[Standards-JIG] Still not sure ...
jajcus at bnet.pl
Fri Sep 10 07:08:09 UTC 2004
On Thu, Sep 09, 2004 at 01:45:51PM -0700, Chris Mullins wrote:
> > The difference is that what has been standardized is very much
> > dependant on some implementations while counting unicode
> > codepoints ("characters") would have been more universal.
> What parts are implementation specific? That seems to me to be totally
> implementation independant. Bytes are bytes.
> Counting characters is actually implementation specific. And worse
> than that, it's locale and language specific as well. Turning
> a normalized UTF-8 string into graphemes (combining all the combining
> characters, translating the surrogate pairs into 32-bit codepoints,
> and so forth) or into "eye characters" is alot more work. It's also
> going to have different results depending on the end-users system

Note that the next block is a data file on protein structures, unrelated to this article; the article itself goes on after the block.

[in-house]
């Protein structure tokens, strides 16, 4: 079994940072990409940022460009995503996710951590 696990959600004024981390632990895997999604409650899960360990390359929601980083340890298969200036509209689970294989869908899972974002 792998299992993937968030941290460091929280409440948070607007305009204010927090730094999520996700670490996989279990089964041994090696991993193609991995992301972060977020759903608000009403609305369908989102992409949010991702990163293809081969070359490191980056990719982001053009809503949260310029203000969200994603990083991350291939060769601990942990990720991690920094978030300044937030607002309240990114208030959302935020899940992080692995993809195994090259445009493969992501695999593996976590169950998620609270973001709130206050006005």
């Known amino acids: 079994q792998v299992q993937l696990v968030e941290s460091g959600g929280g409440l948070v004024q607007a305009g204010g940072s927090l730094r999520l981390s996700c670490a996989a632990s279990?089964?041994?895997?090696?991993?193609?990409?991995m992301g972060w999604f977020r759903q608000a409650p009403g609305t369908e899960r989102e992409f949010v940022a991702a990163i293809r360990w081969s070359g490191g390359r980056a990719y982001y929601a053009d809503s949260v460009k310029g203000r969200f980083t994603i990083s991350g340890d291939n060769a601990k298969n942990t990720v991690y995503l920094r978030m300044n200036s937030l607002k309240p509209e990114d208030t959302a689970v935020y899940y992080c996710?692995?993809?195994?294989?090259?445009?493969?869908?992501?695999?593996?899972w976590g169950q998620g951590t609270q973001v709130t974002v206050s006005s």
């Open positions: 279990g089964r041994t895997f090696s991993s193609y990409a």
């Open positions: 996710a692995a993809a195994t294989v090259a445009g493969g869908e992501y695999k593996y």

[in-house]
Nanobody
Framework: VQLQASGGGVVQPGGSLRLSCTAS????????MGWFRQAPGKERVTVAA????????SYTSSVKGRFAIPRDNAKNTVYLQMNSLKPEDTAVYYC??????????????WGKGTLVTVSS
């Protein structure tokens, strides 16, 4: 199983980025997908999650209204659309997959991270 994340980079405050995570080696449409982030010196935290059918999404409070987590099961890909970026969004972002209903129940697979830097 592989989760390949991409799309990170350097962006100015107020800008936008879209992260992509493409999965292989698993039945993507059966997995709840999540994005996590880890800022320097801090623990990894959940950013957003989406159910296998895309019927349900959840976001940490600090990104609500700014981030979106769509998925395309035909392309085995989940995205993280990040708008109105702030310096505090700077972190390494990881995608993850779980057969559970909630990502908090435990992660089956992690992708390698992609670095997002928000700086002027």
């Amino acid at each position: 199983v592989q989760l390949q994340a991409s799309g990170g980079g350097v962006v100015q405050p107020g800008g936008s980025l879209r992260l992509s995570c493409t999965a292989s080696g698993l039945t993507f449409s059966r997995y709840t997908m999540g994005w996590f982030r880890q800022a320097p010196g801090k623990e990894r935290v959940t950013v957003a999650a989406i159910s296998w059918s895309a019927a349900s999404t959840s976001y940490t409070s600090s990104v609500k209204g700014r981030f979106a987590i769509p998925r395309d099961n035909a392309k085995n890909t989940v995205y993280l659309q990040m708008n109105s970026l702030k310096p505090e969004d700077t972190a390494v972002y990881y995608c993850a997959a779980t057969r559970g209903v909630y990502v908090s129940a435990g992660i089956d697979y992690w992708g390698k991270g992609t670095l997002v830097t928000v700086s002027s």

> (assuming this is done client-side). .
Noone asks you to count characters. IMHO what should be counted are
Unicode code-points. Unicode code-point is the smalest element/entity (I
know both has their own meaning in the XML world) of XML document.
JIDs are to be checked before sending them to the wire. In most cases
they would be represented as (set of) Unicode string(s) internally.
Converting them to UTF-8 is io-stream responsibility, not application's.
Requiring to count bytes requires the application to counvert JID to
UTF-8 string just to count bytes. This doesn't seem good to me.
And the server which tread XMPP stream as stream of bytes and not stream
of Unicode codepoints are broken. E.g. jabberd 1.4.x is broken -- it doesn't
check it input to be valid UTF-8 (or fails to do it properly) and
sometimes passes invalid characters through -- making the recipient
server or client disconnect instead of the (broken) senders client.
Unfortunately it is probably to late to fix XMPP specification now... :-(
But the specification seems even more incorrect, because it says nothing
about encoding where it says about byte limit on each part of the JID.
We may guess it should be UTF-8, but in specification it should be
stated clearly. It's a pity we didn't noticed and discussed that
But that is not a big protocol flaw and if it cannot be fixed now then
let it stay.
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